Americans, now faced serious challenges.
The small Japanese, with their
knowledge of jiu-jitsu, had the conditions to defeat the bigger, and
stronger foreigners. However, at this very moment, jiu-jitsu, which had
been the technical superiority of the Japanese, vanished from view.
The curiosity of the foreigner
to learn the famous system of fight came to be a major problem for the
sons of the land of the rising sun. The Japanese government decided to
create a bogus style of jiu-jitsu for external use, without efficiency
for real fights. An employee in the Ministry of Culture who was
also a jiu-jitsu teacher, was chosen to create a fake jiu-jitsu for
"the English to see" (para inglêses ver) . Thus was
born the Kano System of jiu-jitsu (that later was baptized with the name
of judo), created by a civil servant named Jigoro Kano who (in 1882)
founded the Kodokan school.
Thus the secrets of jiu-jitsu
were hidden from the eyes of foreigners. Books and other publications
about the real jiu-jitsu were confiscated.
One hundred and thirteen styles
of jiu-jitsu and thousands of schools changed their names to
"judo". Teaching jiu-jitsu to foreigners became a crime of
treason. The sport of judo, which had now become nothing more than the
sport of jiu-jitsu throws and take downs, was exported
to the West accompanied by a tremendous propaganda effort. The Japanese
continued to train jiu-jitsu, but secretly. Recently, after the death of
Kano, they felt that judo was hobbled, in relation to jiu-jitsu, and so,
without the disturbing presence of Kano, they surreptitiously introduced
into judo a style of jiu-jitsu to provide self-defense techniques for
judokas, who by then knew only sports judo. In this way, goshin-jitsu
was introduced into judo.
In the same spirit, at
the beginning of this century, Professor Funakoshi transformed karate-jitsu
(a style of jiu-jitsu) into a sport that was useless for real fights and
called it karate-do.
like judo, expanded rapidly in the West accompanied by lots of
Not satisfied with
dismembering jiu-jitsu, around the beginning of the century, the
Japanese then made a sport out of the joint twisting curriculum of
jiu-jitsu, which became aiki-jitsu, which in turn led to aikido.
Jiu-Jitsu into Brazil
In 1914, a world
champion of jiu-jitsu, Kosei Maeda, known as Conde Koma, who won great
victories all over the world against every style of fighting, arrived in
Brazil. In Belém do Pará, Koma taught the real jiu-jitsu to his
diligent student, Carlos Gracie, who moved to Rio in 1920 with his
brothers, of whom he was the uncontested leader, and established the
first academy of jiu-jitsu, at Rua Marquês de Abrantes, Praia do
From that time on,
jiu-jitsu spread with blood and sweat. Fighting with kimono, previously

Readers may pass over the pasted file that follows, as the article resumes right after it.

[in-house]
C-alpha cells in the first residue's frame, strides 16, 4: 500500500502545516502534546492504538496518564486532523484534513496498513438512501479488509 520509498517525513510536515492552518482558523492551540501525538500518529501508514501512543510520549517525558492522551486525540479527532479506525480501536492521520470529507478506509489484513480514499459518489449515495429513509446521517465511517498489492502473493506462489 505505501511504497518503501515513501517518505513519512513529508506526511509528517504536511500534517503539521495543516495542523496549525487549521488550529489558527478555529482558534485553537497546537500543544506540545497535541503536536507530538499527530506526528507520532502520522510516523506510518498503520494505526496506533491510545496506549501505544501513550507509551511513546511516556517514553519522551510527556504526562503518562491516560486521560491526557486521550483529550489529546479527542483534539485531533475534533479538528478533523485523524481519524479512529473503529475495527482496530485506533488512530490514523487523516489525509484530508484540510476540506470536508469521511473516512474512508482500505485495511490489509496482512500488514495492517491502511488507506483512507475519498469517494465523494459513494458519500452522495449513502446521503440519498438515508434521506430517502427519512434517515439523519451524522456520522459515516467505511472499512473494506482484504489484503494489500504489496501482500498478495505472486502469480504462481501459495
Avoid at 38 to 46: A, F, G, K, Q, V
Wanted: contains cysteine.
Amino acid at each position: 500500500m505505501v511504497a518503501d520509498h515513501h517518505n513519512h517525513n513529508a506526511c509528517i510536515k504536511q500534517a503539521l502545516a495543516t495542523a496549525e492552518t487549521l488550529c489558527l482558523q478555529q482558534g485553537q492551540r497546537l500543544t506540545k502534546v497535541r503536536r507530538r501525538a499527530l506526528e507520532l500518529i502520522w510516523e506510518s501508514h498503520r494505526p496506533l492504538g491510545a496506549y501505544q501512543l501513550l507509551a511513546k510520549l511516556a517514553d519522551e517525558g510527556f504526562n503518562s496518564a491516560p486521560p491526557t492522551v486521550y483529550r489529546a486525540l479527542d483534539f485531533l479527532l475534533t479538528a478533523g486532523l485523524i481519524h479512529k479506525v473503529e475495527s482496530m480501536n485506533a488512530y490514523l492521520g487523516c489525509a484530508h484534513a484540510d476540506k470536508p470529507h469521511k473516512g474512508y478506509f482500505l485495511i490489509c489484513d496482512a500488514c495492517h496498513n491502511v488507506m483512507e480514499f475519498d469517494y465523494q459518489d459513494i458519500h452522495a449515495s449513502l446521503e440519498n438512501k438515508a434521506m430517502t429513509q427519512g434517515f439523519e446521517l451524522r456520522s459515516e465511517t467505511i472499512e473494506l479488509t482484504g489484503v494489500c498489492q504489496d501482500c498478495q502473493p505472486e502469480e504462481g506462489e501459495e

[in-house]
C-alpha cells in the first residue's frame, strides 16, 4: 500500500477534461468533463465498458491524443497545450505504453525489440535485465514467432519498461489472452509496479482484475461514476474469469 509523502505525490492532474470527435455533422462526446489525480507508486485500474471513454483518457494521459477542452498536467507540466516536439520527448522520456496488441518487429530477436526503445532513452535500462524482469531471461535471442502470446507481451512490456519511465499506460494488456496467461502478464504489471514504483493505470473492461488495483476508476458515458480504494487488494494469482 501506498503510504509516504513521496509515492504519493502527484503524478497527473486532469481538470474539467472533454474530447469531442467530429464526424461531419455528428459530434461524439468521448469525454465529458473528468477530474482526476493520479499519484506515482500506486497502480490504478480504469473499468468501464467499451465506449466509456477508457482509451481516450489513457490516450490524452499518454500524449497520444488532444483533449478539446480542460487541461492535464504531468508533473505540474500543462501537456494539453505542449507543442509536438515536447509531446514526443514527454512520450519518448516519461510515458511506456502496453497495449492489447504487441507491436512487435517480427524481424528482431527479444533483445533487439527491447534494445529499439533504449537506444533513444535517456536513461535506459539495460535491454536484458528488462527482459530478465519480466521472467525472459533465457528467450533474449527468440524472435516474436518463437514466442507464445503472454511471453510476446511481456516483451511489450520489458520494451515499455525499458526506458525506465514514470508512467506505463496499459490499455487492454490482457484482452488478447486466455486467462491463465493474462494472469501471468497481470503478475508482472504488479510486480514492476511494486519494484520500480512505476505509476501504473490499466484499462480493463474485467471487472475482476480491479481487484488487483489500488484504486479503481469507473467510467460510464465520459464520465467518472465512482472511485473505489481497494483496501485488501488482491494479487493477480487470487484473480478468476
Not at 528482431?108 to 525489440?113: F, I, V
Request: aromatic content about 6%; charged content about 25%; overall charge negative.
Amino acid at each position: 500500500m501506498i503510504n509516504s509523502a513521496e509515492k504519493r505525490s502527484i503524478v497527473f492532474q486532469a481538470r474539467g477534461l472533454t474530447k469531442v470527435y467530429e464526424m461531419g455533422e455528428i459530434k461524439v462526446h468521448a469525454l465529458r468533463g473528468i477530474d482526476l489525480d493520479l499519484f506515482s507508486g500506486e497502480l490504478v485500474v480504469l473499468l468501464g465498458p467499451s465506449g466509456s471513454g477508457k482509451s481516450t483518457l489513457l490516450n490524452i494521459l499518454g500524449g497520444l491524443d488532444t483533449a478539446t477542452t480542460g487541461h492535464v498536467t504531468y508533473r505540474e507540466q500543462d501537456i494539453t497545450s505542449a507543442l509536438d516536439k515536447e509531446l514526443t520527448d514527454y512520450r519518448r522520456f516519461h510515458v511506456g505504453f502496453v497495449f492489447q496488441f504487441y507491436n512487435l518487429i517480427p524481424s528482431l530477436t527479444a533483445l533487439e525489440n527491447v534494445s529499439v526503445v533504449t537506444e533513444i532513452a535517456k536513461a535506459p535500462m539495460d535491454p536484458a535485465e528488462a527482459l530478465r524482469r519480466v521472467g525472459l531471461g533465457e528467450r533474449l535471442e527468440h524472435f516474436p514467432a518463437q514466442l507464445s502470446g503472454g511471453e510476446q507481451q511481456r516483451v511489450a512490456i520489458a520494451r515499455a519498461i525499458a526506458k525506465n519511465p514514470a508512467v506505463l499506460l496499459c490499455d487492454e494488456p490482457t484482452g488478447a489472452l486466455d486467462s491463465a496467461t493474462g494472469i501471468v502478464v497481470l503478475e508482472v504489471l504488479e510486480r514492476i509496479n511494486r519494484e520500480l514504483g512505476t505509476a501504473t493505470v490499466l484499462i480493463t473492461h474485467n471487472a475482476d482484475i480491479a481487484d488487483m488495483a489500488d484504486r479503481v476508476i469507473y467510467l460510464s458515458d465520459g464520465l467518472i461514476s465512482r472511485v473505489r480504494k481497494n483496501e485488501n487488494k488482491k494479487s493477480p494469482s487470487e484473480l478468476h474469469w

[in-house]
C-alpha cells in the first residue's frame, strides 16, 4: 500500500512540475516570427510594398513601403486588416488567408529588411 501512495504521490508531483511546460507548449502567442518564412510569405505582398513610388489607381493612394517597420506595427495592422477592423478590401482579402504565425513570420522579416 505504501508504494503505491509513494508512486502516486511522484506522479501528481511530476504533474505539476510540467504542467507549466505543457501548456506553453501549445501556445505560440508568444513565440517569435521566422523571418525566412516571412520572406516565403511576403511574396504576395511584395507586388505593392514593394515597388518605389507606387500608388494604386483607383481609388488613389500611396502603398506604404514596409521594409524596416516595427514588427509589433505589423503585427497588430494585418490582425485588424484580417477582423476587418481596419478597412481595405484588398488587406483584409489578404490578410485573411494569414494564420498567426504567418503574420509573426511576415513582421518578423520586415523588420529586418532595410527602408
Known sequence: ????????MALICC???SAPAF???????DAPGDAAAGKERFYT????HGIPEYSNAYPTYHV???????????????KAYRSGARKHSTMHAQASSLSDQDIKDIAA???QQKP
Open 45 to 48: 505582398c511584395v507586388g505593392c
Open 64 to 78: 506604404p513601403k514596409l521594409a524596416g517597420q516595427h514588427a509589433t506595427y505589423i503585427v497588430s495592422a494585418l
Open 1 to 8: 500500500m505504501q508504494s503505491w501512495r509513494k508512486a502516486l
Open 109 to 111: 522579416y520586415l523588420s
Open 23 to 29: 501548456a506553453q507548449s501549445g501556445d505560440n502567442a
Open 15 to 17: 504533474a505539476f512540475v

unknown to Brazilians, proved itself with victories over all styles that
existed in Brazil , such as capoeira, Greco-Roman, boxing, and later,
sports judo, and recently, sports karate.
The epic and
unforgettable fights of Helio Gracie, against physically stronger
adversaries, put Brazilian jiu-jitsu above all the other styles of
fight. The successive victories of skinny men over muscular
giants, quickly made believers out of even the most skeptical doubters,
in the invincibility of jiu-jitsu. After years of victories and studies
to improve the ground fighting aspect of the style known as Brasileiro
de Jiu-Jitsu, jiu-jitsu fighting was launched, which included punches
Program "Herois do Ringue"
Launched in the 1950's,
Herois do Ringue showed the world examples of real jiu-jitsu fighting,
as in the time of Imperial Japan, when there were jiu-jitsu fights,
sometimes to the death, in the presence of the Emperor. Western people
hadn't seen such violent fights before, and Herois do Ringue suffered
from a campaign against it by people with competing interests. Finally
it was banned, despite epic resistance by lovers of jiu-jitsu. As a
result it was prohibited to use strikes. With these restrictions, the
Gracie Academy announced that it would immediately withdraw from
participation the first time that a fight didn't
have the characteristics of real combat.
practiced, was called Luta Livre Americana, or Vale Tudo, and later,
Luta Livre Brasileira, and finally, Jiu-Jitsu sem kimono or Luta Livre
Brasileiro is expanding internationally, as a result of the work done
during the 1920's by Carlos Gracie who passed along to his brothers the
knowledge that he learned from Conde Koma. Later, successor and faithful
student of the ideas of his older brother, Helio Gracie, maintained the
tradition helping to bring up the new generation, among whom notable
names are Carlson Gracie, Rolls Gracie, and the current Number One,
Rickson Gracie, and too many other names to mention, but who deserve
admiration and respect.
**Translator's Note: The
above document, a five page pamphlet (cover below) originally
written by Dr. Helcio
Leal Binda, was
revised by Reyson Gracie. Roberto Pedreira accepts
responsibility for the translation, but not for the content
(some of which is historically inaccurate).
(c) 2009, Roberto
Pedreira, all rights reserved.
Revised November 14,
More about the origins of
If you are interested in the history
of jiu-jitsu in Brazil, you will want to read:
Choque: The Untold
Story of Jiu-Jitsu in Brazil, Volume
1, 1856-1949 (latest revised edition)
Choque: The Untold
Story of Jiu-Jitsu in Brazil, Volume
Choque: The Untold
Story of Jiu-Jitsu in Brazil, Volume 3, 1961-1999.
Jiu-Jitsu in the South Zone
Origins of Jiu-Jitsu: The Father of All Fights"